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Here’s my bill. Please don’t pass it.
North Carolina Rep. Harry Warren made that unusual request Tuesday in a Senate Judiciary Committee hearing. He asked the committee to recommend that the Senate not concur with his NC sports betting bill.
The committee obliged, setting it up for Warren’s bill to get a vote of nonconcurrence Wednesday on the Senate floor. The bill would create a North Carolina Gaming Commission and task it with conducting a study on expanding NC sports betting in the state.
The vote will send S 574 to a conference committee where Warren hopes to correct an issue discovered in the bill.
Warren’s noted surprised facial reactions from some judiciary members when he asked them not to concur.
He explained that an amendment on the House floor moved positions related to bingo and boxing from the Alcohol Law Enforcement (ALE) division without moving over the funding to go with the positions.
The Senate doesn’t have the option of amending a bill during the concurrence process.
Judging by comments made in the Judiciary Committee, it seems unlikely that the bill will get out of conference with just one change. Discussion of the bill went on for about 15 minutes.
Warren’s bill expands the scope of the NC Lottery Commission over current and future gaming activities in the state.
Renamed the North Carolina Gaming Commission, the nine-member body will encompass the lottery, boxing, bingo and raffles.
With the likelihood of the legislature authorizing gambling expansions in coming years, Warren believes it’s important to get ahead of the situation by putting all gaming regulatory concerns under one roof.
To illustrate the need, he points to efforts to authorize daily fantasy sports last year and then put it under the purview of the Secretary of State.
“I think where we are in the evolution of gaming in North Carolina is that – just for the matter of efficiency for improving oversight and regulation – it’s incumbent upon us to establish one entity for all of these activities to be under,” Warren said.
Sen. Warren Daniel, the co-chair of the committee, expressed that he felt the bill needed more thorough vetting in the Senate.
Fearing there wasn’t enough time to go through the Senate process before adjournment, Warren found a bill that had already passed the Senate but was made irrelevant when the companion House bill reached the governor’s desk.
He gutted the bill, filled it out with the Gaming Commission language, and the House sent it back to the Senate for concurrence. The language never went through a Senate Committee until Tuesday, though Warren pointed out that it went through the House Commerce, Judiciary, Finance and Rules committees before passing with bipartisan support.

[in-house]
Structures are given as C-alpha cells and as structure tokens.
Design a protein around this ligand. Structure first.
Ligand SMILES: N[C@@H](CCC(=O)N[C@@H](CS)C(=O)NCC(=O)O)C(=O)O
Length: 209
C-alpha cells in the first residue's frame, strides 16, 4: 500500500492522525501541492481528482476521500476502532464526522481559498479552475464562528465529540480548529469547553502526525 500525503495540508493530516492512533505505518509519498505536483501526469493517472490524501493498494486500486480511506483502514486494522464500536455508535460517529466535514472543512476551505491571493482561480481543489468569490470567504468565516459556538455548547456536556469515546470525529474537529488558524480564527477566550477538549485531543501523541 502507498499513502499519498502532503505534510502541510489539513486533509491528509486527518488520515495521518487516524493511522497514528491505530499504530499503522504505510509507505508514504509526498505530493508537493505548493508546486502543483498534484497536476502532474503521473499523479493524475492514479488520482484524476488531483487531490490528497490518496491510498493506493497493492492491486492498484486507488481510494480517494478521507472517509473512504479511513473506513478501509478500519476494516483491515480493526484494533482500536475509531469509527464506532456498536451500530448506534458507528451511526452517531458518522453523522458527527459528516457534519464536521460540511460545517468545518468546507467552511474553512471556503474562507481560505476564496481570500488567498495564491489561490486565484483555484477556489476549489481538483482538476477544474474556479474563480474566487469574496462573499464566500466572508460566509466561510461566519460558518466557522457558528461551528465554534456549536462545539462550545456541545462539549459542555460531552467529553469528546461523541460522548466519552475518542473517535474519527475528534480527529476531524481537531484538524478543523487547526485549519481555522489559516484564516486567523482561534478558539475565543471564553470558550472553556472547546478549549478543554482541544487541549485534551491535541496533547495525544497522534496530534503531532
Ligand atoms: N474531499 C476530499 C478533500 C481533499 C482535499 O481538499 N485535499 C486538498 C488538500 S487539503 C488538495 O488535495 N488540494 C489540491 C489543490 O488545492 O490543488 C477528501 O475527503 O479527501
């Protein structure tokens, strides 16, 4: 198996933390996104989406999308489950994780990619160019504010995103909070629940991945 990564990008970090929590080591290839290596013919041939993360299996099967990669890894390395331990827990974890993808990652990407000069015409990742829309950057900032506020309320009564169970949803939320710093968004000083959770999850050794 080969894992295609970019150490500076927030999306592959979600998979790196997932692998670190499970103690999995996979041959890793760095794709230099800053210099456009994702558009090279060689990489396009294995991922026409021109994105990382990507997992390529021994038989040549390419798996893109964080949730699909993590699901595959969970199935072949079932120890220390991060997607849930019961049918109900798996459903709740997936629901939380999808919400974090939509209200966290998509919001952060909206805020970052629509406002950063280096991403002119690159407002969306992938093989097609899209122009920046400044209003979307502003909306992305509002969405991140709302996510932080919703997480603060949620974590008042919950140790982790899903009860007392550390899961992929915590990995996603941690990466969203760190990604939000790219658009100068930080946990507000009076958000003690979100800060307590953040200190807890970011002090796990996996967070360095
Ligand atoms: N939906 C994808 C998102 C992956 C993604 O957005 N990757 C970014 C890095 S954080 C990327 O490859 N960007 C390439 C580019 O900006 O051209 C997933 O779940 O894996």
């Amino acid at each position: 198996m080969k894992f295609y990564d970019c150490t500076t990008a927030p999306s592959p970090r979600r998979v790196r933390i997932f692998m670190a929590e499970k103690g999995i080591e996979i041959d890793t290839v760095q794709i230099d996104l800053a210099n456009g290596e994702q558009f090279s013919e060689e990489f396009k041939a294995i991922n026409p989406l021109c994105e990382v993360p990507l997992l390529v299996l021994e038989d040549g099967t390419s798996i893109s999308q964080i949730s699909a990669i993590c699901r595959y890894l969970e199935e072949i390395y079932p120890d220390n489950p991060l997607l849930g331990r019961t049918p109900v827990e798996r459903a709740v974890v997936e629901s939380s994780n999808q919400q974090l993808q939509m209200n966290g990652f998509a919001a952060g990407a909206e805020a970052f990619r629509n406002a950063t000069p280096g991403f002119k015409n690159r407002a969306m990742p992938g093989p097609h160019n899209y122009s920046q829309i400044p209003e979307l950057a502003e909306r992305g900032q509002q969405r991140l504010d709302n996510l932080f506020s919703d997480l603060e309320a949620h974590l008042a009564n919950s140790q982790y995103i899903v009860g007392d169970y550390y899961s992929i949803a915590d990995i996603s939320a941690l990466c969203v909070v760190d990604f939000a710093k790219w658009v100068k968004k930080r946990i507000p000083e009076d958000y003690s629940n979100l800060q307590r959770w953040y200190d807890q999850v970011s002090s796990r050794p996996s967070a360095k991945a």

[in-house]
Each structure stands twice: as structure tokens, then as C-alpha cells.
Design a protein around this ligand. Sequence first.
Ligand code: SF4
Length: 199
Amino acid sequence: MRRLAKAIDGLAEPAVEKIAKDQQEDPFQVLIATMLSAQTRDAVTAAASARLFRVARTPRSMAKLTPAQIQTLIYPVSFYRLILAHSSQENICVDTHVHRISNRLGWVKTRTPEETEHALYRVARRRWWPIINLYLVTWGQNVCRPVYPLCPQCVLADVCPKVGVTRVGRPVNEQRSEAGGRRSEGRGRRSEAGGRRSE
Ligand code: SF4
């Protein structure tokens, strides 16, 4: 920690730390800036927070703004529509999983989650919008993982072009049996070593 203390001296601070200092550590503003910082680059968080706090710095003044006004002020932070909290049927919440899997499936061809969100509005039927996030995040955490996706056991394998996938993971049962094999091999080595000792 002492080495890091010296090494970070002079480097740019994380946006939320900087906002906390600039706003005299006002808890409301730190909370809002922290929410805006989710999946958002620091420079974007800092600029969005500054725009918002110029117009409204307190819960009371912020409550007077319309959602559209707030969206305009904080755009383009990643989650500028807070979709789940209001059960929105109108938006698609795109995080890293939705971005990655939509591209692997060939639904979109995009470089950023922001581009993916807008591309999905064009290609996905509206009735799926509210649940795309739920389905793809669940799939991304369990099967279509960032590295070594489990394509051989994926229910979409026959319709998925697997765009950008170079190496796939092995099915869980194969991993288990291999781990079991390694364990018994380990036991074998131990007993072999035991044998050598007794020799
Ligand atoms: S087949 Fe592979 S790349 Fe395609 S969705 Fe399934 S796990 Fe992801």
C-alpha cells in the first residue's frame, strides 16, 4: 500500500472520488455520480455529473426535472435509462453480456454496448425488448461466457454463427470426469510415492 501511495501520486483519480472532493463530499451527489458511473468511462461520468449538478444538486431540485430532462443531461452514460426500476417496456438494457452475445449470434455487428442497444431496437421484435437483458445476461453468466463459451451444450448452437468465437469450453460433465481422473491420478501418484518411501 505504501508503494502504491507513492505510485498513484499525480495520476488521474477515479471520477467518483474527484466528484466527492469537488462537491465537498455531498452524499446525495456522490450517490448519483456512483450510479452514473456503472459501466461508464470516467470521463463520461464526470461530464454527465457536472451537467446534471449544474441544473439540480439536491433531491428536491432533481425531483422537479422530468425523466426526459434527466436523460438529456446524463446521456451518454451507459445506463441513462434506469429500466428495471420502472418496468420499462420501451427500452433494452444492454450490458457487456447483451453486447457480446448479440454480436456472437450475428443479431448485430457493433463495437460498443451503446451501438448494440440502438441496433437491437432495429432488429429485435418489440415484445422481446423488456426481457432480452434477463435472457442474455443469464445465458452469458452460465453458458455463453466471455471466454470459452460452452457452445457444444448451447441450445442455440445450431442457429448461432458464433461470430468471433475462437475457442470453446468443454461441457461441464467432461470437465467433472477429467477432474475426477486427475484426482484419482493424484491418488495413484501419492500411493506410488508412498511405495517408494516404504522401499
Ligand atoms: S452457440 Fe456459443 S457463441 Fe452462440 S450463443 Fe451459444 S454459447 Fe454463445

Still, Daniel wants the Senate to take a further look at the bill next year and indicated he would have motioned for nonconcurrence, regardless of Warren’s request.
“I appreciate all the esteemed committees it went through in the House, but I really think an earth-shattering bill like this that changes the way gaming is going to be approached in our state should never come over in a bill for us to just concur in terms of process when we’re here just trying to close out the session,” Daniel said. “I think it’s something we should probably continue to look at in 2020.”
Daniel seems to have issues with gambling expansion in general, with the belief that this bill sets a precedent that it is coming. He suggested that the commission have a social scientist to “study how much people divert their rent or food or clothes money to gambling activities.”
He seems to be referring to the NC sports betting study here: “I have a lot of concerns about where this bill is heading us towards, and I’m not one of these people who thinks just because two or three states around us has done something that we ought to do it too.”
Of course, North Carolina already became one of seven states this year to authorize sports betting, but only at its two tribal casinos.
Although he did not attend, it was noted that Sen. Majority Whip Jerry Tillman expressed concerns about rolling lottery into one entity rather than having two separate commissions.
“If we just expand the scope of the Lottery Commission, we get to maintain the members there and all the institutional knowledge and experience they have with what we’ve been doing with gaming in NC,” Warren responded. “So, it’s an easier and smoother transition to expand that scope of responsibility under these nine members.”
Sen. Ralph Hise asked for the conference committee to address possible conflicts of interest in that the Lottery Commission would now be regulating gaming when it is the largest advertiser in the state.
Warren expects the conference committee to begin next week. He hopes for a quick conference and immediate passage so that the commission can get the sports betting study underway to meet the February and April deadlines in the bill.
“Time is of the essence,” Warren said. “My desire is that as soon as the conferees are reported, we set up a time to meet, perfect the bill, get it sent to each chamber for approval and then sent to the governor.”
The issues met by the bill in the Senate haven’t ruined his optimism.
“I’m very confident it gets through in the next five to seven days,” Warren said.
The Senate is getting an extended look at the bill after all.
“This gives the Senate more time to review the bill over the next few days, and if there (are) any concerns they can refer to them to their conferees and we can address them,” Warren said. “Hopefully that addresses Sen. Daniel’s concerns about vetting.”